A pair of downtown breweries have tapped into nearly $1 million in federal funds in order to expand production capacity, explore new markets and streamline operations.

A pair of downtown breweries have tapped into nearly $1 million in federal funds in order to expand production capacity, explore new markets and streamline operations.

On Thursday, Dan Vandal, the minister responsible for Prairies Economic Development Canada (PrairiesCan), announced Little Brown Jug Brewing Co. and Nonsuch Brewing Co. received funds from the government’s Business Scale-Up and Productivity Fund, which offers assistance to businesses looking to scale up and potentially break into other markets. After approved projects are completed, businesses are given a one-year grace period before paying back the funds interest free.

"PrairiesCan is all about investing in industries that are growing, that are going to create new jobs, local jobs," Vandal said while on a tour of Little Brown Jug’s William Avenue brewery and taproom. "The craft beer industry in Winnipeg and Manitoba has shown a lot of life."

Little Brown Jug received $400,000 from the fund, which helped fast track the addition of four 80-hectolitre tanks, ramping up their production capacity significantly. They also expanded their on-site lab capacity for product testing, and will be pursuing market development initiatives beyond Manitoba.

Nonsuch Brewing Co., located at 125 Pacific Ave. in the east end of the Exchange District, received $562,600 from the fund; they’ve earmarked to increase production, including their canning process, and to expand strategically.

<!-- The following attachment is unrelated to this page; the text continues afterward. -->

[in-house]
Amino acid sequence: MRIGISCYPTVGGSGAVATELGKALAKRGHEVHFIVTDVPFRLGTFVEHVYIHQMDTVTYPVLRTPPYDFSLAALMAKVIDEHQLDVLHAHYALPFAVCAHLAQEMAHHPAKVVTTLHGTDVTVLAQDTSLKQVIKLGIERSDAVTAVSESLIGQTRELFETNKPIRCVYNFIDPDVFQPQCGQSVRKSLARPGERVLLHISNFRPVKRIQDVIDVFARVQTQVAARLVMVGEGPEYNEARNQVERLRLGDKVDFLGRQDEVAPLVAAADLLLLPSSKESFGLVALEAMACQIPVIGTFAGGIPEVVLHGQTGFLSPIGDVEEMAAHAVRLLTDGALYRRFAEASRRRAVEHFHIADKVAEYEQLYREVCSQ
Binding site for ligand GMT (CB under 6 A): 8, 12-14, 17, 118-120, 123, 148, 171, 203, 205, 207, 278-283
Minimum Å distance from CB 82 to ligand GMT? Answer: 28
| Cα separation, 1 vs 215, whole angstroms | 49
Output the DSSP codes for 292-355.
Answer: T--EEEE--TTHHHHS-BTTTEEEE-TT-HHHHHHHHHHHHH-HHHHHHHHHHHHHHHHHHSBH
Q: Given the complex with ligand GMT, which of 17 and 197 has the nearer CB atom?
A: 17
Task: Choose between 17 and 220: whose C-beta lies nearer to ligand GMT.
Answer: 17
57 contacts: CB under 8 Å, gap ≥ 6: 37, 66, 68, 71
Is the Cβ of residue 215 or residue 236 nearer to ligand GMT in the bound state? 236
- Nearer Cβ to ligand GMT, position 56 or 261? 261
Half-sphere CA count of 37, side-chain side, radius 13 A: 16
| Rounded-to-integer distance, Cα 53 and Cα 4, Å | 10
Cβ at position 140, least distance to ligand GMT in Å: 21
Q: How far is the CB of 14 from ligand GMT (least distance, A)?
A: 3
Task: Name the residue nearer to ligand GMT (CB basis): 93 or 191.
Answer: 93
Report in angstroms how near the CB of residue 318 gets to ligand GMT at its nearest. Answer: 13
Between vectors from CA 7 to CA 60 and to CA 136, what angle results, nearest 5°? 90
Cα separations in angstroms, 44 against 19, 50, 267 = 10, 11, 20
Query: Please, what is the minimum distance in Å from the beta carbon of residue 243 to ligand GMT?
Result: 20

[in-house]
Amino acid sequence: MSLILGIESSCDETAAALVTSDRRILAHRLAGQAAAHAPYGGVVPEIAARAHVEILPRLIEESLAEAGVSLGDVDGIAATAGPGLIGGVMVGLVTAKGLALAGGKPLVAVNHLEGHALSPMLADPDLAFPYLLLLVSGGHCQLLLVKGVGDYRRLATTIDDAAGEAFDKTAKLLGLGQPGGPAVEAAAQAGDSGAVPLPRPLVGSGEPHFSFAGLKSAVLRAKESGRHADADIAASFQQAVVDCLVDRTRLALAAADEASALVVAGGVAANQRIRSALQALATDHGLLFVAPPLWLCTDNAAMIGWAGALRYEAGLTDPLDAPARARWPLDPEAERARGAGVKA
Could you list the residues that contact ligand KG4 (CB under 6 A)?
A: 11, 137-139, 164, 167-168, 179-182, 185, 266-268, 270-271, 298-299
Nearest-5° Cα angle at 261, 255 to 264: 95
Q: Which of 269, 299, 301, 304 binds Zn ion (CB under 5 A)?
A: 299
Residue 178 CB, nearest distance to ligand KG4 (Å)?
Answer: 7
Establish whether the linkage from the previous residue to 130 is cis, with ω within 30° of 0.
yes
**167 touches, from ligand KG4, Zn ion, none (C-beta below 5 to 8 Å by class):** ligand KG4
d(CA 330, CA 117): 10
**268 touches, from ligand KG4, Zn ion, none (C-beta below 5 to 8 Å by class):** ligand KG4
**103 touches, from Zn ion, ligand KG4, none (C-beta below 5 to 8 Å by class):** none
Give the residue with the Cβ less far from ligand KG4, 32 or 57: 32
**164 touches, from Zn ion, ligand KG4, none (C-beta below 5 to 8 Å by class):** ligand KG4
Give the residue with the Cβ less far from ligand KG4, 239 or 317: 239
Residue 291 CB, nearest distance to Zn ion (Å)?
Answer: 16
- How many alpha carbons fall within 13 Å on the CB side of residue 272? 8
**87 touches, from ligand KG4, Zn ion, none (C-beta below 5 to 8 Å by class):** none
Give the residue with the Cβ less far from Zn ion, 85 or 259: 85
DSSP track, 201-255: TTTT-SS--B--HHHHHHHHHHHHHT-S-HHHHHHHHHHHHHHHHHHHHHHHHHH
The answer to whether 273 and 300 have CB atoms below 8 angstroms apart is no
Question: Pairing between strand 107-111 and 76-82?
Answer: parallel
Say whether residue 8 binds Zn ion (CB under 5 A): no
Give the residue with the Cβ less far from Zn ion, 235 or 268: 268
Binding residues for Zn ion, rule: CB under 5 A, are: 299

"We’ve made a lot of investments in the core equipment — this has really allowed us to scale up," said Kevin Selch, founder of Little Brown Jug. "Whether you’re scaling up in capacity or market development or anything else, it takes cash. The funding is an accelerant to growth — it allows you to do things faster than you would have otherwise."

Beyond the province’s borders, Little Brown Jug’s flagship 1919 Belgian Pale Ale is already available in Saskatchewan, although Selch noted they’d not yet been able to give the beer the needed support in the market, something the PrairiesCan funding will allow. "We got in there just before the pandemic, so it’s been a bit touch and go because of restrictions. I think we would have thought about going in there with a bit more of a boots on the ground strategy."

Vandal sees the funding as a means to help business emerge from the COVID-19 pandemic with some hope and stability. "We know the last couple of years have been difficult for everybody, including local businesses, downtown businesses. Winnipeg has suffered a lot downtown — our entire city has — and this, I hope, is part of the solution, part of the recovery."

Beyond the funding announcement, Vandal indicated more help could be on the way for some industries in the Prairies, including tourism.

"That’s something that’s been hit the hardest during the pandemic. We’re working to help tourism-related industries all over the Prairies — there’s going to be more coming out on that very soon."

ben.sigurdson@freepress.mb.ca

Ben Sigurdson

Ben Sigurdson
Literary editor, drinks writer

Ben Sigurdson edits the Free Press books section, and also writes about wine, beer and spirits.